Kiwi as

Writing these posts obviously requires a little research and the number of times New Zealand or a New Zealander is the first to do something is astounding. We all know about the vote for women being a world first, but what about the first in the world to have state registered nurses? Quote.

On 10 January 1902, the world?s first state-registered nurses had their names entered in the register. Topping the list was Ellen Dougherty of Palmerston North.

The training of nurses in New Zealand was initially rather ad hoc. During the 1880s, some hospitals began to offer training and accommodation onsite to attract more ?respectable? women into nursing. As more women entered the profession, there was increased demand for improved conditions for both nurses and their patients.

A major advocate for professional nursing in New Zealand was Grace Neill, Assistant Inspector in the Department of Asylums and Hospitals from 1895 until 1906. In 1899, Neill spoke at the congress of the International Council of Women in London. She called for a national system of registering trained nurses ? those who had passed a final exam set by an independent board after undergoing training.

After two years of campaigning, the Nurses Registration Act 1901 was enacted. Neill drafted the necessary regulations, defined the curriculum and appointed examiners.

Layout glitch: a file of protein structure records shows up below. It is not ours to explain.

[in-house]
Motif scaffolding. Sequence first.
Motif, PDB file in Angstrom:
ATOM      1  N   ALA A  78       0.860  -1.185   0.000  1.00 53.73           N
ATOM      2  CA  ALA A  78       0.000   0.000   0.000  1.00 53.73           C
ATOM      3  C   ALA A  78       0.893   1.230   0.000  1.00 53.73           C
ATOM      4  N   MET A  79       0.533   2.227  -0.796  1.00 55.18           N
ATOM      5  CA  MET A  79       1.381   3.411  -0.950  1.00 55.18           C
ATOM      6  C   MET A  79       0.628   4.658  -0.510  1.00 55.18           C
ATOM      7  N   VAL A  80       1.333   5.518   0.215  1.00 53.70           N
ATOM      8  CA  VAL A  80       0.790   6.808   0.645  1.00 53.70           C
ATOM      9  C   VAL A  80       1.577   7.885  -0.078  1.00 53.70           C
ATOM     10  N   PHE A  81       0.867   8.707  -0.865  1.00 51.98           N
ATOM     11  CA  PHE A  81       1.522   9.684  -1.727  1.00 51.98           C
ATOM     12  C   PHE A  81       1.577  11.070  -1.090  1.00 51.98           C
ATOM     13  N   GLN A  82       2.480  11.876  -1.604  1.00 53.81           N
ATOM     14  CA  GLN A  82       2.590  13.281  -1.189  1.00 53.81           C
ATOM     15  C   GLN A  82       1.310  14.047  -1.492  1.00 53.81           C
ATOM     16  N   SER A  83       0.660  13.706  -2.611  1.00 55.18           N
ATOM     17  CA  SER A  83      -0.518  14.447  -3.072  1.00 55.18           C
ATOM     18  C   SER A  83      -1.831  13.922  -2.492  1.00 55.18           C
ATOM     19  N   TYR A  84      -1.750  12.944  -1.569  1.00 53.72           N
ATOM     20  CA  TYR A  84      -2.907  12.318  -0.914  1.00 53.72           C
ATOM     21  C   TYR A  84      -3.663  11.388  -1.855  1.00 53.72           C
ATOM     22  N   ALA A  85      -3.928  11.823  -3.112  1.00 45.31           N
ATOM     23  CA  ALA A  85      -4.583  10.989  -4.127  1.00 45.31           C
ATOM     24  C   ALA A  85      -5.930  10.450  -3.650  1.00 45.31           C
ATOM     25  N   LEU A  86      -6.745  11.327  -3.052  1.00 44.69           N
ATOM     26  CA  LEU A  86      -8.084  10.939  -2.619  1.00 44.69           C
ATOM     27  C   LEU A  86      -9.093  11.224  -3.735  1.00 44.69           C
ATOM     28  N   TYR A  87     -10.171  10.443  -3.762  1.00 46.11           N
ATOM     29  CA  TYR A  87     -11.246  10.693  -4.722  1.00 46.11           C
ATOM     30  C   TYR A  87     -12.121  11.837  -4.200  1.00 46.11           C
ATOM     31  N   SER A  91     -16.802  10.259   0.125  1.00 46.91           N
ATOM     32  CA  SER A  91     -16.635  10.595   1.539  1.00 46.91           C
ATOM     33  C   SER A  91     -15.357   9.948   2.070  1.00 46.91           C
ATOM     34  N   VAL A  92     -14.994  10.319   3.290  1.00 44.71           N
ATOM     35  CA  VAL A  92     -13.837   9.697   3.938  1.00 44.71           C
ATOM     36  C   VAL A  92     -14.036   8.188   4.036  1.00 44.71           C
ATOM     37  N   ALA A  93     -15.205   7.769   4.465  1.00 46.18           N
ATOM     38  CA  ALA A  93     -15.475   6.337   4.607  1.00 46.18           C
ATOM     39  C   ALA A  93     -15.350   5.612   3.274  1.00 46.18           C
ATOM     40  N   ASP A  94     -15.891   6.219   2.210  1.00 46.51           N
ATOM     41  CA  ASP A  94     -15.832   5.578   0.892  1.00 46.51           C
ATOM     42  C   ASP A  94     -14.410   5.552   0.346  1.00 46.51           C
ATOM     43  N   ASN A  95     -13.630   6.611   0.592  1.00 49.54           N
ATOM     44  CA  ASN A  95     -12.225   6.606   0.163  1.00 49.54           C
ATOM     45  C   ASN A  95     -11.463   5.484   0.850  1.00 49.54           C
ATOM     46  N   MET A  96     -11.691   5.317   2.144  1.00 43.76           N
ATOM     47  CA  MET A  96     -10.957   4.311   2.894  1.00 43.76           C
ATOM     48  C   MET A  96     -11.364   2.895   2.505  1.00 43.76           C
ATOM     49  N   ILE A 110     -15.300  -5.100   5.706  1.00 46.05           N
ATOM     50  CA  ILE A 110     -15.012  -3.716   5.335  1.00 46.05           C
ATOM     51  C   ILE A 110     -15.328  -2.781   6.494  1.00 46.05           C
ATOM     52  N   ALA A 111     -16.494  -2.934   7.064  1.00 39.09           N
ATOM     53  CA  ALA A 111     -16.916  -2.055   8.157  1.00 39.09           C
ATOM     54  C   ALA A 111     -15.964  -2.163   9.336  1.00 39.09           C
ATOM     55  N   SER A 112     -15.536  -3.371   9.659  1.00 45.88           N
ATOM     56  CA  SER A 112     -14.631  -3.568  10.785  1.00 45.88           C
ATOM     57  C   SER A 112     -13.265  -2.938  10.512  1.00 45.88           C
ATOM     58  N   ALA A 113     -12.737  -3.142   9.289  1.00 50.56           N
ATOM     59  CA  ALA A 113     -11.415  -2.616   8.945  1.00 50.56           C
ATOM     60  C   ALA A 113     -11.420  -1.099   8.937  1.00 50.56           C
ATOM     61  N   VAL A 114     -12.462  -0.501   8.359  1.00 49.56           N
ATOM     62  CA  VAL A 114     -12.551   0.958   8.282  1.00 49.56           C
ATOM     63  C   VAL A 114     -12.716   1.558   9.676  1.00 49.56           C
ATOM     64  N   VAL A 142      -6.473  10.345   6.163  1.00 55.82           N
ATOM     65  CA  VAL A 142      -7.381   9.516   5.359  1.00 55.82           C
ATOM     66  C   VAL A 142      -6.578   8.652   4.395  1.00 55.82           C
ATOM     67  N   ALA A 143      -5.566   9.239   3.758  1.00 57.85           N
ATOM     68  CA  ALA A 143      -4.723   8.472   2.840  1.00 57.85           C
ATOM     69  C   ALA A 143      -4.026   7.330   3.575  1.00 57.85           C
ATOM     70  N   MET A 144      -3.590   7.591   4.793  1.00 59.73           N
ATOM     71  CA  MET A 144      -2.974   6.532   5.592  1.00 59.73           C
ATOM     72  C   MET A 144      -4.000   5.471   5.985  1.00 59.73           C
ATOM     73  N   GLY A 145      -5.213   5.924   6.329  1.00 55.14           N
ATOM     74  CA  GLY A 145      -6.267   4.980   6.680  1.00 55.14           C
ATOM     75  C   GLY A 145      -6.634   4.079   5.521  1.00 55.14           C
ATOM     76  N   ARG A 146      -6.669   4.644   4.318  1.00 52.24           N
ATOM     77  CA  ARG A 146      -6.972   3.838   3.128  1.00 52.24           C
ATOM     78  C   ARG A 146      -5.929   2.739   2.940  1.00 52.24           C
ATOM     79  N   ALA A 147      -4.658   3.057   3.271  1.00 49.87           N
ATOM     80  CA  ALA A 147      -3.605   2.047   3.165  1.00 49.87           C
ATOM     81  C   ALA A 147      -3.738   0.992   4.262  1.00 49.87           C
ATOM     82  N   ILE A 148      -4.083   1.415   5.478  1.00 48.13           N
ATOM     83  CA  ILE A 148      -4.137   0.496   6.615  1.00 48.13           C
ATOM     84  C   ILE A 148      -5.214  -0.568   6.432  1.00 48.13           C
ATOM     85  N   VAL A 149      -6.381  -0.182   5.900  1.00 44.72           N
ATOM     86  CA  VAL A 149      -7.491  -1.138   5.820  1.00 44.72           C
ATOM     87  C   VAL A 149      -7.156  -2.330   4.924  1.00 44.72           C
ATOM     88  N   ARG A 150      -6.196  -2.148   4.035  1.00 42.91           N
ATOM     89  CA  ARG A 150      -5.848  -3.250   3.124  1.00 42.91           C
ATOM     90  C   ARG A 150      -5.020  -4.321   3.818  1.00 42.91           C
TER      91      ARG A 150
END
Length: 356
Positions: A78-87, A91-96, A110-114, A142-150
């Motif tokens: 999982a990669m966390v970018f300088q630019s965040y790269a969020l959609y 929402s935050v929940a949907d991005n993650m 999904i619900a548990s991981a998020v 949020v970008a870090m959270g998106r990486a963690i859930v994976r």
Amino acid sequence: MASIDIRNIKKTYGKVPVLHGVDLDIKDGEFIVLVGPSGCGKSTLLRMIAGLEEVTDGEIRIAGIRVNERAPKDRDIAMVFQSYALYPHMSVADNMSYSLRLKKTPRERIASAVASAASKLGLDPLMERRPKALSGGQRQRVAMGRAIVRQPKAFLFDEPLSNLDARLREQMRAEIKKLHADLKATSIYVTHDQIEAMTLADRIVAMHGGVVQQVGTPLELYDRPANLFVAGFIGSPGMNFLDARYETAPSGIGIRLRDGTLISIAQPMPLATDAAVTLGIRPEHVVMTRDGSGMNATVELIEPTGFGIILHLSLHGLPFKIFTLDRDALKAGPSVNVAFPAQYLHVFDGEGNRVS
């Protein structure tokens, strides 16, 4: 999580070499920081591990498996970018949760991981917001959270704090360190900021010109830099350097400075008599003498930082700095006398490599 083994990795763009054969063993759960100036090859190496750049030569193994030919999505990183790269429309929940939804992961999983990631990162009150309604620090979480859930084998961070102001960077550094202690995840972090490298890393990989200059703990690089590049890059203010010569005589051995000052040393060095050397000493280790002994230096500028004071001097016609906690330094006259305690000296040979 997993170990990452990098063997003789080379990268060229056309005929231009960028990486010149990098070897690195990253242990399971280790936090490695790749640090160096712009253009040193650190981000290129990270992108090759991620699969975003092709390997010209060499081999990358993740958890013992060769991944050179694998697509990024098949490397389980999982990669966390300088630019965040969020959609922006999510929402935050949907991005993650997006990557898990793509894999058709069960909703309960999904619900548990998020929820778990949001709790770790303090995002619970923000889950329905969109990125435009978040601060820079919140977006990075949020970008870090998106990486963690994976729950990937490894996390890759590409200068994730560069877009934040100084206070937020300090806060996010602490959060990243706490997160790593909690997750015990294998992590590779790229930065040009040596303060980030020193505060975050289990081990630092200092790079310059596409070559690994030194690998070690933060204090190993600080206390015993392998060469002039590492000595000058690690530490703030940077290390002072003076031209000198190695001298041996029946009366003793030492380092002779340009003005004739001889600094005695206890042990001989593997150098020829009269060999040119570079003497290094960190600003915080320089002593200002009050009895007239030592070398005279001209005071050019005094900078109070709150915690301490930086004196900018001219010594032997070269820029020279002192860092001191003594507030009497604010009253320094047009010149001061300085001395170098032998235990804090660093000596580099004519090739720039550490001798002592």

On 10 January 1902 the first names were entered into the register, with that of Ellen Dougherty of Palmerston North at the top of the list.

For Dougherty?s case, registration was recognition of years of work. She had nursed from at least 1885, when she was employed at Wellington Hospital. After completing her certificate of nursing in 1887, she headed the accident ward and then the surgery ward before becoming acting matron by 1893. She was passed over for the permanent position, but Wellington?s loss was Palmerston North?s gain.

In 1897, she became the matron of the new hospital in Palmerston North, a particularly challenging role as the hospital was not yet fully set up and received many patients with gruesome injuries suffered in forestry and railway construction activities. Ellen Dougherty retired in 1908, aged 64. End quote.

NZ History

Here is a little more about her time in Palmerston North. Quote.

[…] On arrival she discovered very little had been done in the way of providing basic materials for the hospital and money was scarce. Her first concern was to ensure a sufficient supply of linen. In the days before antibiotics, hospitals required large supplies of linen to help prevent infection. Her first major act on assuming her post was to organise sewing bees with her relatives to sew sheets, pillow-cases and bandages.

As matron, Ellen Dougherty had the assistance of two nursing staff, whom she brought with her from Wellington, and two part-time medical officers. The nurses worked 12-hour shifts, and extra hours at need. The job was demanding. Palmerston North was then a centre for the construction of the North Island’s main trunk railway line, and for bush-clearing and saw-milling. Accidents were common and doctors not always available. Ellen Dougherty had to set broken limbs, dress wounds, and on occasions amputate an arm or a leg. She also ran the hospital’s dispensary, often staying at work until after midnight. In 1899 she was formally registered as a pharmacist. End quote.

Te Ara